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Riparian habitat disturbed by reservoir management does not function as an ecological trap for the Yellow Warbler (Setophaga petechia)

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Abstract:

Ecological traps arise when anthropogenic change creates habitat that appears suitable but when selected reduces the fitness of an individual. We evaluated whether riparian habitat within the drawdown zone of the Arrow Lakes Reservoir, British Columbia, creates an ecological trap for Yellow Warblers (Setophaga petechia (L., 1766)) by investigating habitat preferences and the fitness consequences of habitat selection decisions. Preferences were inferred by examining how habitat variables influenced settlement order, and comparing habitat at nest sites and random locations. Males preferred to settle in territories with more riparian shrub and tree cover, higher shrub diversity, and less high canopy cover. Females built nests in taller shrubs surrounded by a greater density of shrub stems. Habitat preferences were positively associated with fitness: nest sites in taller shrubs surrounded by higher shrub-stem densities were more likely to avoid predation and fledge young, whereas territories with more riparian cover, higher shrub diversity, and less high canopy cover had higher annual productivity. We therefore found no evidence that riparian habitat affected by reservoir operations functions as an ecological trap. Current habitat selection decisions may be associated with fitness because Yellow Warblers are adapted to breeding in a heterogeneous environment subject to periodic flooding.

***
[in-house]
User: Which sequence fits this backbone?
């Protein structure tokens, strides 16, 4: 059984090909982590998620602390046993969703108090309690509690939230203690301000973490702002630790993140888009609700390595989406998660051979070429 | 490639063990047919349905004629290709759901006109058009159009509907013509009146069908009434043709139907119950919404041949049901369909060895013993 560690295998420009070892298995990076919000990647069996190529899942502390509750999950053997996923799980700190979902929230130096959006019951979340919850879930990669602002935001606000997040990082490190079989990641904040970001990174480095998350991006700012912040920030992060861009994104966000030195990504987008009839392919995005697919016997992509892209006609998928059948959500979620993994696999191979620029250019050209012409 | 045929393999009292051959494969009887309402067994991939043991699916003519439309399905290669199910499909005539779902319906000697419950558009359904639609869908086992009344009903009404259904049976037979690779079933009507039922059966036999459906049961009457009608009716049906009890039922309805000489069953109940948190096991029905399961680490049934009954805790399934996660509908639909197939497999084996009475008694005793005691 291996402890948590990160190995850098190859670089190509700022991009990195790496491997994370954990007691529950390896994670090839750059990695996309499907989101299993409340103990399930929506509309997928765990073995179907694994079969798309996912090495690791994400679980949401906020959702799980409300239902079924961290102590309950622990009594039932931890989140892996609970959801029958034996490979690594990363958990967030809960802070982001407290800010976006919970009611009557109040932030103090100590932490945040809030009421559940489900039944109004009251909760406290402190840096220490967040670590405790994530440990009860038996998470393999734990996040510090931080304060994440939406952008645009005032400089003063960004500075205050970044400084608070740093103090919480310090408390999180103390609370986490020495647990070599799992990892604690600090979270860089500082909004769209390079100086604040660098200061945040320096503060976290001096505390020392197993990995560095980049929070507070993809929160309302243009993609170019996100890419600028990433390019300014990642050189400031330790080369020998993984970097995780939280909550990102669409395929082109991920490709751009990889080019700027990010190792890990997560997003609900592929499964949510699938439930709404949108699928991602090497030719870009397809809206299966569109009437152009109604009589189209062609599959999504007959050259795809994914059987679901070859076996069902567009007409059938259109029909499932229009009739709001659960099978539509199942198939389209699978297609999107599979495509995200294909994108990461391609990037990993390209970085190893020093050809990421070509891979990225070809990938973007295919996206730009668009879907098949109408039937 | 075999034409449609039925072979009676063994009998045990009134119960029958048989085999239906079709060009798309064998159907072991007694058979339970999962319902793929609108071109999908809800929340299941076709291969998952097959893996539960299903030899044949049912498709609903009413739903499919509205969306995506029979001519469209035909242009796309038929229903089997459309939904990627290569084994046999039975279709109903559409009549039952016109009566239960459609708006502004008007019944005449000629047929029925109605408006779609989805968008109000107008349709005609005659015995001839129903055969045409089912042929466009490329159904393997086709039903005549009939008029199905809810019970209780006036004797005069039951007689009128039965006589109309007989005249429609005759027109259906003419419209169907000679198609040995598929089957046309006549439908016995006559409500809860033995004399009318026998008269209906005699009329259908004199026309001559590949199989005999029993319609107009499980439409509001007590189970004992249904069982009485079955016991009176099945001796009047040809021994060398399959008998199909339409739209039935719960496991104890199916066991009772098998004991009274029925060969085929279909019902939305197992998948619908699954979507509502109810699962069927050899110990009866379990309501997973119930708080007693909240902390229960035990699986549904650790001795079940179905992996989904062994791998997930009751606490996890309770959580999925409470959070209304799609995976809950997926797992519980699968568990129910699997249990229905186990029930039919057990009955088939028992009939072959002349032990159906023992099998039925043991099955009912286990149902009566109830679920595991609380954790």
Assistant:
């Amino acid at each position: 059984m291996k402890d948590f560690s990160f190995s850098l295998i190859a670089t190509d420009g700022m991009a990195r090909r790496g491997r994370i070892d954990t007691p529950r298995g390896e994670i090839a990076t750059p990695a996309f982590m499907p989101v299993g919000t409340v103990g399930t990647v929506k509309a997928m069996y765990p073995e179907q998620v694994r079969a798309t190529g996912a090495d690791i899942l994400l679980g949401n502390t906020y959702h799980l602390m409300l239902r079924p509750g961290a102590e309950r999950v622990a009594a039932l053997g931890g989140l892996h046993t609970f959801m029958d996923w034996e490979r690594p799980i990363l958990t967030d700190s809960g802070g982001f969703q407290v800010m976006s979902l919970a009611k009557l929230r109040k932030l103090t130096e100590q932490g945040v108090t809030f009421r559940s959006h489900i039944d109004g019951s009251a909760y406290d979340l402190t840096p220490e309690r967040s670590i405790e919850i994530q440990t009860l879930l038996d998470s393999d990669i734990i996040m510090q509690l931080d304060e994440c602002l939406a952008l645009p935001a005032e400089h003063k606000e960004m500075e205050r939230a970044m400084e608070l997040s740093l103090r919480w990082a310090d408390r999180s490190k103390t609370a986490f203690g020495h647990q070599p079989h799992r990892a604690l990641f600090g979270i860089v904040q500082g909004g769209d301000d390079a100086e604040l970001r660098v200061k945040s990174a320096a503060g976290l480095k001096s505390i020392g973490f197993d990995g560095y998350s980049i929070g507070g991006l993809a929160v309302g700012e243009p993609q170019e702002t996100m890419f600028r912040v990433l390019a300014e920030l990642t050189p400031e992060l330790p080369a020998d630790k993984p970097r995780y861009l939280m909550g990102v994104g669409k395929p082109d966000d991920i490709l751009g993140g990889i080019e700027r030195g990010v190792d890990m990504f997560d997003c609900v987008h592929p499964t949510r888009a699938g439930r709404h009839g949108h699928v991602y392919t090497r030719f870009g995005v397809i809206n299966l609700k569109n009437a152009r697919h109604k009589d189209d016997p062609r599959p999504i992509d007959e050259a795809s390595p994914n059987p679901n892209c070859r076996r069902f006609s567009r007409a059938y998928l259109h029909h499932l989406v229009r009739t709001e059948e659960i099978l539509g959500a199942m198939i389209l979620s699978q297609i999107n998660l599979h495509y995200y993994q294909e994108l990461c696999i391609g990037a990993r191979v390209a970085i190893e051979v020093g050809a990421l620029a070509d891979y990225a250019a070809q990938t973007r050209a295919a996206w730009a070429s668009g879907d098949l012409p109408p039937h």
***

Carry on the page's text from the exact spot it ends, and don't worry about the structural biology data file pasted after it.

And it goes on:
Keywords: Setophaga petechia; Yellow Warbler; ecological trap; habitat riverain; habitat selection; paruline jaune; piège écologique; reservoir; riparian; réservoir; sélection d’habitat

Document Type: Research Article

DOI: https://doi.org/10.1139/z11-138

Publication date: 2012-03-01

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  • Published since 1929, this monthly journal reports on primary research contributed by respected international scientists in the broad field of zoology, including behaviour, biochemistry and physiology, developmental biology, ecology, genetics, morphology and ultrastructure, parasitology and pathology, and systematics and evolution. It also invites experts to submit review articles on topics of current interest.
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